This translation of Dante’s Convito—the first in English—is from the hand of a lady whose enthusiasm for the genius of Dante has made it a chief pleasure of her life to dwell on it by translating, not his Divine Comedy only, but also the whole body of his other works. Among those works the Vita Nuova and the Convito have a distinct place, as leading up to the great masterpiece. In the New Life, Man starts on his career with human love that points to the divine. In the Banquet, he passes to mature life and to love of knowledge that declares the power and the love of God in the material and moral world about us and within us. In the Divine Comedy, the Poet passes to the world to come, and rises to the final union of the love for Beatrice, the beatifier, with the glory of the Love of God. Of this great series, the crowning work has, of course, had many translators, and there have been translators also of the book that shows the youth of love. But the noble fragment of the Convito that unites these two has, I believe, never yet been placed within reach of the English reader, except by a translation of its poems only into unrhymed measure in Mr. Charles Lyell’s “Poems of the Vita Nuova and the Convito,” published in 1835.
The Convito is a fragment. There are four books where fifteen were designed, including three only of the intended fourteen songs. But the plan is clear, and one or two glances forward to the matter of the last book, which would have had Justice for its theme, show that all was to have been brought to a high spiritual close.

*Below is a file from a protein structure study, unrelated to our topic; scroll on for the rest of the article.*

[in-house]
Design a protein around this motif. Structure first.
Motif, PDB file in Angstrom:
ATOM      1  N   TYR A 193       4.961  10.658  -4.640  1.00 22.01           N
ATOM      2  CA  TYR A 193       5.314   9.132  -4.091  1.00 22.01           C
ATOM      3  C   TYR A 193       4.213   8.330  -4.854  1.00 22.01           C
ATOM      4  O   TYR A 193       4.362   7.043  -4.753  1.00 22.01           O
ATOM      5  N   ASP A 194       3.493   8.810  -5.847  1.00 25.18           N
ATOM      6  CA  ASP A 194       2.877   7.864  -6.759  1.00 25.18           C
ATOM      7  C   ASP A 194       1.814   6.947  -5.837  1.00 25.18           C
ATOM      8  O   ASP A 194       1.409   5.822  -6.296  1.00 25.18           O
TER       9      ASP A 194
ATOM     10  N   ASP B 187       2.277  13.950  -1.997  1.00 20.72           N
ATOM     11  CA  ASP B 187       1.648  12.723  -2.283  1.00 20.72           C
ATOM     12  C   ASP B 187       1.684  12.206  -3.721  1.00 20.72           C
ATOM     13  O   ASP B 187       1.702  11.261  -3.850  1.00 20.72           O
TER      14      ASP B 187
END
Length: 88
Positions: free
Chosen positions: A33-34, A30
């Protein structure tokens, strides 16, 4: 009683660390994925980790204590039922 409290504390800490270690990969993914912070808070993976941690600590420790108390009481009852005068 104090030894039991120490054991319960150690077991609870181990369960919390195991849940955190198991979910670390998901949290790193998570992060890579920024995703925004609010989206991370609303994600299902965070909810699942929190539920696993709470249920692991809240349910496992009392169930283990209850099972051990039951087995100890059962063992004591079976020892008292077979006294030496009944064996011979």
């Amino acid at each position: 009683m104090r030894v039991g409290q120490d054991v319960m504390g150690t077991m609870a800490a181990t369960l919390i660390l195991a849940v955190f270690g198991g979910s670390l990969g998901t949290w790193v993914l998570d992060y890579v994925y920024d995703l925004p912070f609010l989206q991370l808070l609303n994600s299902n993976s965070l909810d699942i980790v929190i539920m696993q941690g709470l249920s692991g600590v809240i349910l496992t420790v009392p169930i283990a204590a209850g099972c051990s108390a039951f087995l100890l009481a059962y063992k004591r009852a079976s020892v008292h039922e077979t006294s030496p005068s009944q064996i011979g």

Its aim was no less than the lifting of men’s minds by knowledge of the world without them and within them, bound together in creation, showing forth the Mind of the Creator. The reader of this volume must not flinch from the ingenious dialectics of the mediaeval reasoner on Man and Nature. Dante’s knowledge is the knowledge of his time. Science had made little advance since Aristotle—who is “the Philosopher” taken by Dante for his human guide—first laid its foundations. It is useful, no doubt, to be able in a book like this, shaped by a noble mind, to study at their best the forms of reasoning that made the science of the Middle Ages. But the reader is not called upon to make his mind unhappy with endeavours to seize all the points, say, of a theory of the heavens that was most ingenious, but in no part true. The main thing is to observe how the mistaken reasoning joins each of the seven sciences to one of the seven heavens, and here as everywhere joins earth to heaven, and bids man lift his head and look up, Godward, to the source of light. If spiritual truth could only come from right and perfect knowledge, this would have been a world of dead souls from the first till now; for future centuries, in looking back at us, will wonder at the little faulty knowledge that we think so much. But let the